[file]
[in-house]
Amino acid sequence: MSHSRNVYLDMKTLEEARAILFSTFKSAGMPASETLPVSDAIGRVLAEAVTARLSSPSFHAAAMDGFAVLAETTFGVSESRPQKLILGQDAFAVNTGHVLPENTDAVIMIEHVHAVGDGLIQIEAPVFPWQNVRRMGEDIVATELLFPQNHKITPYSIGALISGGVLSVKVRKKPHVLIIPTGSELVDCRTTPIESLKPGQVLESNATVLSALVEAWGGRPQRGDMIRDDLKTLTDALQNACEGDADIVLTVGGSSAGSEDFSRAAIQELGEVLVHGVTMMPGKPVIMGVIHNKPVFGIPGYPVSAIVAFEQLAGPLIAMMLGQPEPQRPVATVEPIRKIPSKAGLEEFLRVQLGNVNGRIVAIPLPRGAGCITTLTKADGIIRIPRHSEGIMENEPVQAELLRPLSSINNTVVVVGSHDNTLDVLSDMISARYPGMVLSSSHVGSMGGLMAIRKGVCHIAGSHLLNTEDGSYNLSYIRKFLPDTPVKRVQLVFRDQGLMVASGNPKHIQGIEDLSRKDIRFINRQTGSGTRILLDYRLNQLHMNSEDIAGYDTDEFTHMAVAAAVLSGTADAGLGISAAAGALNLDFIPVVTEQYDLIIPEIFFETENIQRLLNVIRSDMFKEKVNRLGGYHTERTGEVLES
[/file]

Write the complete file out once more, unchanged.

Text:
[in-house]
Amino acid sequence: MSHSRNVYLDMKTLEEARAILFSTFKSAGMPASETLPVSDAIGRVLAEAVTARLSSPSFHAAAMDGFAVLAETTFGVSESRPQKLILGQDAFAVNTGHVLPENTDAVIMIEHVHAVGDGLIQIEAPVFPWQNVRRMGEDIVATELLFPQNHKITPYSIGALISGGVLSVKVRKKPHVLIIPTGSELVDCRTTPIESLKPGQVLESNATVLSALVEAWGGRPQRGDMIRDDLKTLTDALQNACEGDADIVLTVGGSSAGSEDFSRAAIQELGEVLVHGVTMMPGKPVIMGVIHNKPVFGIPGYPVSAIVAFEQLAGPLIAMMLGQPEPQRPVATVEPIRKIPSKAGLEEFLRVQLGNVNGRIVAIPLPRGAGCITTLTKADGIIRIPRHSEGIMENEPVQAELLRPLSSINNTVVVVGSHDNTLDVLSDMISARYPGMVLSSSHVGSMGGLMAIRKGVCHIAGSHLLNTEDGSYNLSYIRKFLPDTPVKRVQLVFRDQGLMVASGNPKHIQGIEDLSRKDIRFINRQTGSGTRILLDYRLNQLHMNSEDIAGYDTDEFTHMAVAAAVLSGTADAGLGISAAAGALNLDFIPVVTEQYDLIIPEIFFETENIQRLLNVIRSDMFKEKVNRLGGYHTERTGEVLES